May 20 (Bloomberg) -- Drinks master Dale DeGroff, aka King Cocktail, recently launched his own brand of Pimento Aromatic Bitters. You can see him in the documentary “Hey, Bartender” and tickets to his occasional cabaret show “On the Town” were sold-out yesterday at Manhattan’s Macao Trading Co.
Later this month the onetime Rainbow Room barkeep, who brought glamour and a chef’s precision to the art of mixing drinks, heads to Lebanon to guest judge a Beirut cocktail contest.
DeGroff was in D.C. when I spoke to him on the phone about the cocktail scene.
Smith: So what’s up in D.C.?
DeGroff: We have kind of a boot camp for bartenders called BarSmarts. After Prohibition, bartending wasn’t a very savory profession because it had been dominated by gangsters. It’s only recently that people have actually seen it as a real career path.
Smith: What’s the worst current trend?
DeGroff: A lot of the young bartenders today will use 10 ingredients and you can’t focus in on a single flavor. Look at the classics that have really survived; the Manhattan, three ingredients; the martini, three ingredients.
The trumpeter Roy Eldridge told me “When I was a young cat, I played all of the notes. Now, I play the right notes.”
Smith: Tell me about the early days of the cocktail revolution.
DeGroff: In 1987, when I went to work at the Rainbow Room, there weren’t any cocktail menus around. So we re-introduced drinks that probably hadn’t been seen since Prohibition. Ramos Gin Fizz, Between the Sheets, Side Car -- nobody was making these drinks back then, they were dead.
There were no fresh juices. That was the era of the soda can and the sour mix.
Smith: What about prices these days?
DeGroff: The pressure from the market is for premium and ultra-premium and luxury brand spirits. The prices had to go up. How could they not?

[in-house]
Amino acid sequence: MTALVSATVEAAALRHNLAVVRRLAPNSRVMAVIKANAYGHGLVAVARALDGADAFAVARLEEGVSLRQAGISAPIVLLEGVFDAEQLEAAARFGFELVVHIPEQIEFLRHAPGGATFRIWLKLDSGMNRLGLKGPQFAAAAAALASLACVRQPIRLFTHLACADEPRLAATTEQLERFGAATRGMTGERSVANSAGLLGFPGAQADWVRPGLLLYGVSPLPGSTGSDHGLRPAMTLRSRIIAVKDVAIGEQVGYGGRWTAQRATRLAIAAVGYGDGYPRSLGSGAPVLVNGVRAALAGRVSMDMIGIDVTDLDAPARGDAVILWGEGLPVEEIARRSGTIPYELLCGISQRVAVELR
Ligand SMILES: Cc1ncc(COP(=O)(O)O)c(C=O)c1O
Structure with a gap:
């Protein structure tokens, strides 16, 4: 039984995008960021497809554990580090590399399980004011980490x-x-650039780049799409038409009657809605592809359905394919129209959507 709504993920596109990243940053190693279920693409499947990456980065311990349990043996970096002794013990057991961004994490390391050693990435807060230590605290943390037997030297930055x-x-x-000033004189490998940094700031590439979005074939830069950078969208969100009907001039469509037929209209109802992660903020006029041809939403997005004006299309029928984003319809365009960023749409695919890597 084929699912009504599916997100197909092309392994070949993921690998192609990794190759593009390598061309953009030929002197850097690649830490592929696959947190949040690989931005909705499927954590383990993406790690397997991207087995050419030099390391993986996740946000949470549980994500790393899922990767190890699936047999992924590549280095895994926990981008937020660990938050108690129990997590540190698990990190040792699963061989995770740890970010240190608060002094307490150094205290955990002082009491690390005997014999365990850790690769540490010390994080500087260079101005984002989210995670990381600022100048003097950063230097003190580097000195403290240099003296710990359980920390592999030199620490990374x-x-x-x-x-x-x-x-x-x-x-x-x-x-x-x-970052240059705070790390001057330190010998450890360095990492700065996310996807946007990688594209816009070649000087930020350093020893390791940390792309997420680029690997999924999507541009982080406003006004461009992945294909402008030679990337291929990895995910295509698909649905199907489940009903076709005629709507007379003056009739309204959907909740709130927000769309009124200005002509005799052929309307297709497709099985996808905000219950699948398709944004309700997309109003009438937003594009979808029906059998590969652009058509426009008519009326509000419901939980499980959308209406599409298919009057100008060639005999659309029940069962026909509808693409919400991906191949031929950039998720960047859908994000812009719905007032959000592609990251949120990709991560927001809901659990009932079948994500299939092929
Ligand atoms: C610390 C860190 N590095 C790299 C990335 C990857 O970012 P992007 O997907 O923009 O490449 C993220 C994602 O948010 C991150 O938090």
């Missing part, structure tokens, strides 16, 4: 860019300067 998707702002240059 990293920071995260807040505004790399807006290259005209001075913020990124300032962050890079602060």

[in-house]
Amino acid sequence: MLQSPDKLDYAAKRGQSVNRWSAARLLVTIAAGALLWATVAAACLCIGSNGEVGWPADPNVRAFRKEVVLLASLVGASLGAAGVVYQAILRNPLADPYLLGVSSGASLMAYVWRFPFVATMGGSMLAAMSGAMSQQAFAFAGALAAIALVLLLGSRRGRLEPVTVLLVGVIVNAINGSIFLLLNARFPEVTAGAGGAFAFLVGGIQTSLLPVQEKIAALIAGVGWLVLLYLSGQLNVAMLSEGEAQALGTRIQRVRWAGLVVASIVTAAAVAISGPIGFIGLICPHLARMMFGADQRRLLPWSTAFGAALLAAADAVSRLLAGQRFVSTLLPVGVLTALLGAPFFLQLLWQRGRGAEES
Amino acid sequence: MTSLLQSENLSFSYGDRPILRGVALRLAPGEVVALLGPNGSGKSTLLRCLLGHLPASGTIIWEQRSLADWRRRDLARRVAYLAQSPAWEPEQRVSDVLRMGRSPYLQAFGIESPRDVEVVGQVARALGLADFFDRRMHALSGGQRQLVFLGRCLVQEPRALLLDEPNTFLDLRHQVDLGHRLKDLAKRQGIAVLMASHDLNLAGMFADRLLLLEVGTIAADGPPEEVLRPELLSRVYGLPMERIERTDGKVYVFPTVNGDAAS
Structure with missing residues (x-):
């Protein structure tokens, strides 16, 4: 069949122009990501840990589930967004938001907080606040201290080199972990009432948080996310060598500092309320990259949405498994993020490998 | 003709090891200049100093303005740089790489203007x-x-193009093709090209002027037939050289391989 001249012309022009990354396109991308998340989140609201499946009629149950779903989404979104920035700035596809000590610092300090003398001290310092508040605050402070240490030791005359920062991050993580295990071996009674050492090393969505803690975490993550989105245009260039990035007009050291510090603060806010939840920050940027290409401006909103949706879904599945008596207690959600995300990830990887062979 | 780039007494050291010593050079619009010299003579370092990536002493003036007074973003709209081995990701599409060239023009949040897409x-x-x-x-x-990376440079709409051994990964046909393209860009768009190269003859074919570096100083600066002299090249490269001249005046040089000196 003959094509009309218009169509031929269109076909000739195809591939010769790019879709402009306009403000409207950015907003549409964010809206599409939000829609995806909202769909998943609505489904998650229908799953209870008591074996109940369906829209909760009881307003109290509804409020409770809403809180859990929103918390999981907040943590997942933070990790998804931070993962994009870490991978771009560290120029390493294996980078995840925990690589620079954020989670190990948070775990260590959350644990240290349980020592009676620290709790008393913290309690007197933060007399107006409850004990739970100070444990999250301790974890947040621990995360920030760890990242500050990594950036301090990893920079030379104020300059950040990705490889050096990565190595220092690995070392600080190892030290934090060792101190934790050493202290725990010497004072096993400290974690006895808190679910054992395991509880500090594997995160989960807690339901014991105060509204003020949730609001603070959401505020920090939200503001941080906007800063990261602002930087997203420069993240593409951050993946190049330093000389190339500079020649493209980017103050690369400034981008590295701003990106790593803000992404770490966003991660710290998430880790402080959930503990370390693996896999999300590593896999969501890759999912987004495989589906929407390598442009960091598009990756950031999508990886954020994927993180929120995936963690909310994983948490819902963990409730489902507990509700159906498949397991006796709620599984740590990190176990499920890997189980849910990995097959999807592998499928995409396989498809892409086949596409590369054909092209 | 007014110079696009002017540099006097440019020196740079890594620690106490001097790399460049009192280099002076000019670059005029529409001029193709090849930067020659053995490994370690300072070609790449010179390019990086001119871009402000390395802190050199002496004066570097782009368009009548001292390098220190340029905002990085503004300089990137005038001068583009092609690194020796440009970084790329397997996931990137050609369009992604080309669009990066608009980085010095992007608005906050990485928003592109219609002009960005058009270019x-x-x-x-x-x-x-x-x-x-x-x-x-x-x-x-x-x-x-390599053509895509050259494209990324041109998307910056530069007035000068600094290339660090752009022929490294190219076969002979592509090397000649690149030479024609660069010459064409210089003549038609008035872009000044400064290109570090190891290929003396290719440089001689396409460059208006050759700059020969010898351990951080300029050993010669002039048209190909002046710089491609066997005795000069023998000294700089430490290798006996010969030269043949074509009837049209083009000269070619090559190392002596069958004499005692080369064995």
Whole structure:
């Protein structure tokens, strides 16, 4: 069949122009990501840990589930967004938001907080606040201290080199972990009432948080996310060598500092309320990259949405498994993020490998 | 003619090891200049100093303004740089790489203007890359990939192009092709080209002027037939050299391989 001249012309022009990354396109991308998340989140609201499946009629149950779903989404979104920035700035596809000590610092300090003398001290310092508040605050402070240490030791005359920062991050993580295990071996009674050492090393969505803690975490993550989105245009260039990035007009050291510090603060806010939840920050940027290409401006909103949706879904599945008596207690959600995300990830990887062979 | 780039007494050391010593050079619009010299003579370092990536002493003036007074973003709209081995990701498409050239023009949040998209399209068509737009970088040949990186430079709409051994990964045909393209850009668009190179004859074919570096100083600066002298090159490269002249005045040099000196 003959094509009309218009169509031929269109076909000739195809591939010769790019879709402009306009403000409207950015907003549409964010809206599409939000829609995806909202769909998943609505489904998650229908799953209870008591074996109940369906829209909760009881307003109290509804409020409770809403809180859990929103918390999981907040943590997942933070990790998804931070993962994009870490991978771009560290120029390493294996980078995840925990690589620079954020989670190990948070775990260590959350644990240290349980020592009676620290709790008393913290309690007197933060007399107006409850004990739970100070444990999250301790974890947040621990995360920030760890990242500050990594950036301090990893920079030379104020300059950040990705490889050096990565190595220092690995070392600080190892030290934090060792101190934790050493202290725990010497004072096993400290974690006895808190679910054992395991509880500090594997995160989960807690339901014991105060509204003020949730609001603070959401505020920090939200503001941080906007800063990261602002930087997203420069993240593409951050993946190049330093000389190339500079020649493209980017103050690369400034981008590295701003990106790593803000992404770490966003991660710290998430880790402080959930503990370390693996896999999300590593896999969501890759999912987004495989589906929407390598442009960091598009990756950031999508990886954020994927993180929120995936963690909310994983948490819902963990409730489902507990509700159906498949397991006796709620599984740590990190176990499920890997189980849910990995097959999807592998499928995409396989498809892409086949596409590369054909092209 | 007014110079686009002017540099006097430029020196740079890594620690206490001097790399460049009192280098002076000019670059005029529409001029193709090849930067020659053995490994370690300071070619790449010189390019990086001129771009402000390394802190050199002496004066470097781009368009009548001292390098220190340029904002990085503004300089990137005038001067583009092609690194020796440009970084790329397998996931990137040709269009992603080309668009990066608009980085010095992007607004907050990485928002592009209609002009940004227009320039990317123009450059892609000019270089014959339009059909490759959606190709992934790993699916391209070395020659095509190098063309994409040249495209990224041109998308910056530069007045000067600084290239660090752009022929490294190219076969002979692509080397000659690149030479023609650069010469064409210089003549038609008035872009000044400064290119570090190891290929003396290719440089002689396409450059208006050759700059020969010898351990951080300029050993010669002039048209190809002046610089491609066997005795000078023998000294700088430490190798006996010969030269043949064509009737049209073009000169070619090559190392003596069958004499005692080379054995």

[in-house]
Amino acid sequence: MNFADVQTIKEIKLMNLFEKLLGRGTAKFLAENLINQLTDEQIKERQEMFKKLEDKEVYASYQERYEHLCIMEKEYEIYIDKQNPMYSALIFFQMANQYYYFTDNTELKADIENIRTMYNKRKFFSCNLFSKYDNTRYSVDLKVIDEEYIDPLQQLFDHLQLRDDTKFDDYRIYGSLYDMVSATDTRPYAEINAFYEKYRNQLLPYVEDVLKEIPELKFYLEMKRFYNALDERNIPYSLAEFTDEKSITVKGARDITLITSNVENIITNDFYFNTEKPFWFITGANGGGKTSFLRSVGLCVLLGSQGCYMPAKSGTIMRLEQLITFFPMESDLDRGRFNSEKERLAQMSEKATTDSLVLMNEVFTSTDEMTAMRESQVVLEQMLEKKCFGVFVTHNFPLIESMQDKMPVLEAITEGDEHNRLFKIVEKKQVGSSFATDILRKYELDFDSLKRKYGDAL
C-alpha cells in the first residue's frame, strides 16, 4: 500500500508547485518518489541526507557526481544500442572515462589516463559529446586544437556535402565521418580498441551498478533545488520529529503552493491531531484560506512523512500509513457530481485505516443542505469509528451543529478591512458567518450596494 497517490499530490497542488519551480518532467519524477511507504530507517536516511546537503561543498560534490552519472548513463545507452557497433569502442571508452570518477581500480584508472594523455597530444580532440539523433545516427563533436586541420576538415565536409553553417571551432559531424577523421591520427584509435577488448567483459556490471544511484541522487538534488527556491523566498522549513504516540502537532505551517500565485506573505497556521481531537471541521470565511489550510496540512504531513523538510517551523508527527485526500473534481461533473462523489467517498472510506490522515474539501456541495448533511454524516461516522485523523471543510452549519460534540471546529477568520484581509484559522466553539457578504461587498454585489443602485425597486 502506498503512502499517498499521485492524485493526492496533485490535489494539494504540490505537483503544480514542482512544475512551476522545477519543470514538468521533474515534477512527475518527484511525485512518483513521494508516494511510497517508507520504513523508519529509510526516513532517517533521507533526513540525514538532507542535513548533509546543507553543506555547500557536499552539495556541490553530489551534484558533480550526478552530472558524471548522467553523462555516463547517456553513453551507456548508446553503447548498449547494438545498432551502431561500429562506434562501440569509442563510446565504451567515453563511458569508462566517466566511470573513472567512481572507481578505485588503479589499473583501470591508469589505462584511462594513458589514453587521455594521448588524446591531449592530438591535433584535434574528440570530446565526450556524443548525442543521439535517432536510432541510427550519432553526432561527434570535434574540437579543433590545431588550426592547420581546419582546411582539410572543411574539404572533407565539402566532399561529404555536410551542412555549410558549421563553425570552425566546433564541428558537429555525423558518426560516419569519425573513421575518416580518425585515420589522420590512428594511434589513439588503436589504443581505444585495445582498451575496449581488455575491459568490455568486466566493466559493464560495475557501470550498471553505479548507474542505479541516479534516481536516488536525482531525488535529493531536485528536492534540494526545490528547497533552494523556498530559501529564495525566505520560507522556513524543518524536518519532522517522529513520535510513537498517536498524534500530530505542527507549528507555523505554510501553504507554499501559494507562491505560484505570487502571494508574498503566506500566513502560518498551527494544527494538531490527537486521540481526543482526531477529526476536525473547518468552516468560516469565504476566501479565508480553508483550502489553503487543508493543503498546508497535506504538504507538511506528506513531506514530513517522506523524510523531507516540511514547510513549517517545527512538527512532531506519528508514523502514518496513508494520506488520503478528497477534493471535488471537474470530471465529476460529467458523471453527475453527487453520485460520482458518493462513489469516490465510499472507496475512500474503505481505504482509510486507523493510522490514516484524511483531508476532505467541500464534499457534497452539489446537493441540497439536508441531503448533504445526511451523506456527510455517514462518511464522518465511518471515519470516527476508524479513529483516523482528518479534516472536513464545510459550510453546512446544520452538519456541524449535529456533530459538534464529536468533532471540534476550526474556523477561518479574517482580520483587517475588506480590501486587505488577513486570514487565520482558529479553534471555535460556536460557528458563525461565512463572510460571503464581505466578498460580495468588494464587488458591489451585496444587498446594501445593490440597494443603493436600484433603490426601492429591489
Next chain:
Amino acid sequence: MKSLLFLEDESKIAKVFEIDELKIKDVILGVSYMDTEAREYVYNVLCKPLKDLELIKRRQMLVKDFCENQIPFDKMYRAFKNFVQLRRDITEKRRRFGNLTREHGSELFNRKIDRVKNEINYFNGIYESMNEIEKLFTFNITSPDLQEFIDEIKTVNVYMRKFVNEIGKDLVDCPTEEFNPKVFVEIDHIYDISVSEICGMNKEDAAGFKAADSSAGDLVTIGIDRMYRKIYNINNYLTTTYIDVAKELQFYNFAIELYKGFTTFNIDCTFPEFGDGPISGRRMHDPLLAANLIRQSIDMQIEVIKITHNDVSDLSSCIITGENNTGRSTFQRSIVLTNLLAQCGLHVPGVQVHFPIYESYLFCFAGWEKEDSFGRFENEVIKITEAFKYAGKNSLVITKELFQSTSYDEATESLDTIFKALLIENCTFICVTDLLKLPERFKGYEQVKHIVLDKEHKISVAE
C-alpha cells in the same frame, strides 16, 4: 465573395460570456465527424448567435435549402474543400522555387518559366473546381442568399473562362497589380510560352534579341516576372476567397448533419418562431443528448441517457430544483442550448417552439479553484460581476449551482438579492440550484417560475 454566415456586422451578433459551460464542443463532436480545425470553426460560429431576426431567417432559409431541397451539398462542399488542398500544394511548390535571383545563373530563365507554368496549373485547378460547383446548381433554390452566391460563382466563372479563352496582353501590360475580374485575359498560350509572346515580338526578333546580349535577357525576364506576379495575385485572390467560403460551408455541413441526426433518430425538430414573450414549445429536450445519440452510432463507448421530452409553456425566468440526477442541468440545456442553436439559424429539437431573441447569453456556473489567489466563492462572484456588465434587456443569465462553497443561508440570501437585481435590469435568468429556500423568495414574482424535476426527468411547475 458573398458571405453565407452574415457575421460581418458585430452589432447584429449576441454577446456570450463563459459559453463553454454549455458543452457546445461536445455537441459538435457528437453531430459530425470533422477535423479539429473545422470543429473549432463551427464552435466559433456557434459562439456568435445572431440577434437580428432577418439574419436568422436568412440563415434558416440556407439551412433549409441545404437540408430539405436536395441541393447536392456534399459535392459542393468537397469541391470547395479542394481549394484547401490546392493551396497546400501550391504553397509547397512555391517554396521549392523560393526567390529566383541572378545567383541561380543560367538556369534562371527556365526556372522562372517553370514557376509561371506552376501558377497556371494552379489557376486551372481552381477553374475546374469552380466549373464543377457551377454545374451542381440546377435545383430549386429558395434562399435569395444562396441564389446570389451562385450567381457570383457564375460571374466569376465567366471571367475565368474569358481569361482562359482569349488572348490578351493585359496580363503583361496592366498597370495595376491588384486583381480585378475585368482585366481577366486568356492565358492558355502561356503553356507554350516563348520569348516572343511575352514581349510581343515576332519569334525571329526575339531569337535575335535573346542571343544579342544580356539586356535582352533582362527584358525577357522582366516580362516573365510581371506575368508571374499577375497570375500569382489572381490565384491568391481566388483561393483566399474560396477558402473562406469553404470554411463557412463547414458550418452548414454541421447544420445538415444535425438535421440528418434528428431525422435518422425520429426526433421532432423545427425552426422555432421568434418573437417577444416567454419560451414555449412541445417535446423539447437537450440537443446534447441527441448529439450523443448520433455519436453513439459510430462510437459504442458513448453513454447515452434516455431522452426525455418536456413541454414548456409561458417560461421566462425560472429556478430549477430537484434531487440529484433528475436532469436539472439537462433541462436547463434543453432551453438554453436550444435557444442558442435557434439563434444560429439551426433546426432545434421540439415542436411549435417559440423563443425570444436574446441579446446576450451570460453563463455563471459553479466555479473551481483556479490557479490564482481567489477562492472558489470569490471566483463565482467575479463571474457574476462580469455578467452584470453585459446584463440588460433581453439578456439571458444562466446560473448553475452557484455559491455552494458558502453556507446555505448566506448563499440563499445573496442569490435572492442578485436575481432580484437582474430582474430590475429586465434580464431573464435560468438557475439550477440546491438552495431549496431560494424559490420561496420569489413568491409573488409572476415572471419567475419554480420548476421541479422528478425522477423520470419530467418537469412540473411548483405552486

Smith: What do you think about bartenders becoming famous?
DeGroff: It has become a glamorous profession. I was doing a lot of teaching in the 1990s and I’d say, “Mark my words gentlemen, be the chef of your bar, learn about ingredients, learn about your tools, be good at this because this may be the decade of the star chef but the first decade of the new millennium is going to be the decade of the star bartender.” And sure enough, that’s exactly what happened.
Smith: What’s happening with the cocktail museum?
DeGroff: The museum is now packed up and we’re moving to a new neighborhood. A good deal of the money came from the city, some from the contractor and some from us. So we’ll be three owners and we’ll never have to move again.
People think, oh, cocktail museum, right! What do you do? Sit around boozing it up? It was very hard to make people understand that there is an interesting and exceptionally rich area of study about how this whole cocktail thing developed in America, filled with artifacts and stories and it’s marvelous.
Smith: What are your favorite bars in new York?
DeGroff: Pegu Club has the best cocktails in town, hands down. Employees Only and Macao, those guys do extraordinary stuff. They’re all students of mine.
Smith: What’s your go-to drink?
DeGroff: Gin martini straight up with an olive and a twist.
Smith: Do you ever have hangovers?
DeGroff: If you didn’t have a hangover you weren’t trying hard enough.
(Catherine Smith writes for Muse, the arts and culture section of Bloomberg News. The opinions expressed are her own. This interview was adapted from a longer conversation.)
Muse highlights include Elin McCoy on wine and Craig Seligman on books.
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